How Does Squatters Rights Work
Squatters rights refer to the rights that someone can acquire in a property over time up to and including ownership rights.
A “squatter” is a person who is intentionally or unintentionally living, occupying, or using land or property without having paid for it or having obtained the permission of the property owner.
For the squatters rights to apply, generally certain conditions need to be satisfied:
- The squatter is occupying personal property
- The squatter is exclusively using the personal property
- The squatter has lived on that property for a certain period of time as defined by state laws
- The property owner has never attempted to evict the squatter or remove them from the premises
You’ll need to consult the applicable state laws to get the exact conditions and requirements for the application of squatters rights.
When a person is exclusively using your land or property without having paid for it or gotten the property owner’s permission, we refer to that occupation as adverse possession.
Adverse possession allows a person to legally acquire ownership rights in a property by operation of the law and without having paid anything to the real owner.
Squatters Rights State Laws
In the United States, it’s important to note that all the US states have squatters rights relating to instances when someone occupies or lives on your property without your permission.
However, the laws in every state are different and will vary.
For example, in California, if a squatter pays taxes on the land for five years for the squatter to gain adverse possession of the property.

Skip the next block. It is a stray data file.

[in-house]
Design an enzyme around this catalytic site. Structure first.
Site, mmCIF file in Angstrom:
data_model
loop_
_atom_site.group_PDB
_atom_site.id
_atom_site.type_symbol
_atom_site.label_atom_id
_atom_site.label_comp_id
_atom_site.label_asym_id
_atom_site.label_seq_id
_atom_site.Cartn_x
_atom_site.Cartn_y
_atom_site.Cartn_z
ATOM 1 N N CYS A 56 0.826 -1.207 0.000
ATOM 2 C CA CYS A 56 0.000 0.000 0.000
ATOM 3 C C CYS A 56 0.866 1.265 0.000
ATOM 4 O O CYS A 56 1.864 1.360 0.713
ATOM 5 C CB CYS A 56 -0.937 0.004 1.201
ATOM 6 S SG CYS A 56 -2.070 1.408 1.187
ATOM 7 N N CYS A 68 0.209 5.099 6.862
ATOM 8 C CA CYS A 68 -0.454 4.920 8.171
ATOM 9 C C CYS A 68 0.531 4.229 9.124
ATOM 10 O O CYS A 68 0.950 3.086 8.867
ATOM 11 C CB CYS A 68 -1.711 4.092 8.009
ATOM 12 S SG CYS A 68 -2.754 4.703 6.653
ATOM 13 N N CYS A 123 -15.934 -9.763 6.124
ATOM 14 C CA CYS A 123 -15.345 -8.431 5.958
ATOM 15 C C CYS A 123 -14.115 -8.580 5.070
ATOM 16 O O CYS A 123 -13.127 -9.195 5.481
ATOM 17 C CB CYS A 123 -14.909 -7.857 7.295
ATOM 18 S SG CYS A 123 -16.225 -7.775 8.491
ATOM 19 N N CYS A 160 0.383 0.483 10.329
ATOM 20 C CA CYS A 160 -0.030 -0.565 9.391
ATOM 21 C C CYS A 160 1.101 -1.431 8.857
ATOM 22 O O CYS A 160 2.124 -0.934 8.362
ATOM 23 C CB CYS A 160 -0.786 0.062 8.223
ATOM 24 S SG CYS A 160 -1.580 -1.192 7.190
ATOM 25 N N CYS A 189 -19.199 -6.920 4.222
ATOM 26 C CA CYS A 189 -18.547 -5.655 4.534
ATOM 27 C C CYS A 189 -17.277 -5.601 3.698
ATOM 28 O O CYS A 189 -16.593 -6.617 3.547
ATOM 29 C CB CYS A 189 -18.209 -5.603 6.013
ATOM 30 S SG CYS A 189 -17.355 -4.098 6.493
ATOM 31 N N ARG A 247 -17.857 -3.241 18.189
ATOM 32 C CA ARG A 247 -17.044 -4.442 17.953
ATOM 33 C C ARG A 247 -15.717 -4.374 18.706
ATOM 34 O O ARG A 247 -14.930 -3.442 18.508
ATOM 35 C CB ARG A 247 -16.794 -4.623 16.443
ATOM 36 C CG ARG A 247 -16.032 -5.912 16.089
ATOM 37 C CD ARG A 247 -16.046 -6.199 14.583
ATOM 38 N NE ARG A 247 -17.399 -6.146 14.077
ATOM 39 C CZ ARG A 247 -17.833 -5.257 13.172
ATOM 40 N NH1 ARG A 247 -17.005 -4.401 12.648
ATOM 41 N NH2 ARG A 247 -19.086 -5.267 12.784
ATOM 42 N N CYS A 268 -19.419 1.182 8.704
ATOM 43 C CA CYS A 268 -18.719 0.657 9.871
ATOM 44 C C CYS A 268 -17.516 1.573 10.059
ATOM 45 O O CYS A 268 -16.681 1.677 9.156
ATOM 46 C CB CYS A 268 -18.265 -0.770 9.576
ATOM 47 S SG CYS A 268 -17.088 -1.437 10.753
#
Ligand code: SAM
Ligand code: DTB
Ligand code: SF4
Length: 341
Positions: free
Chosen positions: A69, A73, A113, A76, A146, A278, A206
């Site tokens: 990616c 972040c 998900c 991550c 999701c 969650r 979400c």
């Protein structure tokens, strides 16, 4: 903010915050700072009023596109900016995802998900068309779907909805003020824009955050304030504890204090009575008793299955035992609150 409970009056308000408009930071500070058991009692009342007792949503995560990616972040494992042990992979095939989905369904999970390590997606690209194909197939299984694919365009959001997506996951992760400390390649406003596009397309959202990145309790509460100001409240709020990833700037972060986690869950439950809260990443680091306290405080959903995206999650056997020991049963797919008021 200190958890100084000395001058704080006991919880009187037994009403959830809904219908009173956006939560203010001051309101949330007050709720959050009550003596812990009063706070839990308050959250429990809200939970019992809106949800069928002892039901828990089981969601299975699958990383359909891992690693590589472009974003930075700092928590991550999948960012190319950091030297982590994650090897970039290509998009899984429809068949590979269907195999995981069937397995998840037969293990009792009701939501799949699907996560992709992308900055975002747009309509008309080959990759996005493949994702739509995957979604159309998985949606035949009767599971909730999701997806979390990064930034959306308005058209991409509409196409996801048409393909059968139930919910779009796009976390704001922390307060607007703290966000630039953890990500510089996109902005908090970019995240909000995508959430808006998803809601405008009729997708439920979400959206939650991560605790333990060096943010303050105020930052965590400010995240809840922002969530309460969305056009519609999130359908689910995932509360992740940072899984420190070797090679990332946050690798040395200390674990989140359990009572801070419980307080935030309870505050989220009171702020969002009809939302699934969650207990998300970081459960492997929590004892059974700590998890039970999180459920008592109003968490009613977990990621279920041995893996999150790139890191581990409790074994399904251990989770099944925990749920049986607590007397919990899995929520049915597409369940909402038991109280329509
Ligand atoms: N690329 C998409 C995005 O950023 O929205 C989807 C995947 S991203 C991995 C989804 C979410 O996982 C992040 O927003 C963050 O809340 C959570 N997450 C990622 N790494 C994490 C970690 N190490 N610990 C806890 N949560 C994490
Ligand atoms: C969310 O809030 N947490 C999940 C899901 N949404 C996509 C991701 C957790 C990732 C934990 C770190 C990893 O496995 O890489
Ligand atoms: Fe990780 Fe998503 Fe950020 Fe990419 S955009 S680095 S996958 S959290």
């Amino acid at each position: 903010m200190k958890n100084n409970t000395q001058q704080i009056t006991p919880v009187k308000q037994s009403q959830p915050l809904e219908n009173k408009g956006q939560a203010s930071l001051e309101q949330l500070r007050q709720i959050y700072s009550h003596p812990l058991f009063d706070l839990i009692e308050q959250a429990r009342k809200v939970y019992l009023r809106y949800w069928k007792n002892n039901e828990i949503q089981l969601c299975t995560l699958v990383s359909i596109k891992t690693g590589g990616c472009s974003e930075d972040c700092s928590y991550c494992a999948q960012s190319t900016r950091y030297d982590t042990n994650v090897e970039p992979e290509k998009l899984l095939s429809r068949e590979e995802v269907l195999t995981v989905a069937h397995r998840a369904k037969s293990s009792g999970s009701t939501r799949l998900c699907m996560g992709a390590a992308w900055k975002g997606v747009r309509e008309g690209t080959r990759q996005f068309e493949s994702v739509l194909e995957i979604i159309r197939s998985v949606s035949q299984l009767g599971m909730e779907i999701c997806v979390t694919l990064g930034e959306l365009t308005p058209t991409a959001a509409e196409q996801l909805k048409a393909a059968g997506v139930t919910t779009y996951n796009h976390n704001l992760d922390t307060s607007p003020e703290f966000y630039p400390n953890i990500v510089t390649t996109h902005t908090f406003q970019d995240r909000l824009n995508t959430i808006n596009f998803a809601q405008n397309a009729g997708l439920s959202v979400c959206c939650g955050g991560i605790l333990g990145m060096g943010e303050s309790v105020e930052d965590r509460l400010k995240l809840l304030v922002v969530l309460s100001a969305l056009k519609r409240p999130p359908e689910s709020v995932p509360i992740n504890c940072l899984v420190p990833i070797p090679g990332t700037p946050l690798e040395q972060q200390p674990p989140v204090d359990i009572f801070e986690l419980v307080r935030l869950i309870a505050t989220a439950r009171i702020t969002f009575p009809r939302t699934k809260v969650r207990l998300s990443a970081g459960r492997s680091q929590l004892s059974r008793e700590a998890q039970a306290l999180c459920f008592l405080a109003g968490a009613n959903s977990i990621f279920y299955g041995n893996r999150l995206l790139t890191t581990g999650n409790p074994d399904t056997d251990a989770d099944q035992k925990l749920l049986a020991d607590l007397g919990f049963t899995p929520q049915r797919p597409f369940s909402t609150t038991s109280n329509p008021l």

Another example is Florida squatters rights.
In the state of Florida, if a squatter occupies your property for seven years, he or she can acquire rights to your property.
Most states require that squatters either have a deed or have paid taxes on the property for the entire time they were “squatting”.
If you own property, it’s important that you consider the state laws applicable to that property to see how a squatter may acquire rights in your property so you can do what’s necessary to prevent it.
Squatters Rights Example
Let’s look at an example of how a squatter may acquire rights on a property.
A common example of the application of squatter’s rights is with regard to the exact boundaries of neighboring pieces of land.
Imagine that your neighbor builds a new fence by encroaching on your property several feet.
If you do not object to that encroachment, with the passing of time, your neighbor can acquire legal ownership of part of your land that he or she was encroaching.
This is a typical scenario where the squatter laws apply and a person who has been exclusively using your piece of land without your express permission and without having paid for your land acquires ownership rights to parts of your land.
How To Protect Property From Squatters Rights
How do you protect your property from the application of squatters rights?
There are two primary ways you can protect yourself from squatters:
- Take preventive measures to avoid squatters using your property
- Evict squatters who are effectively using your property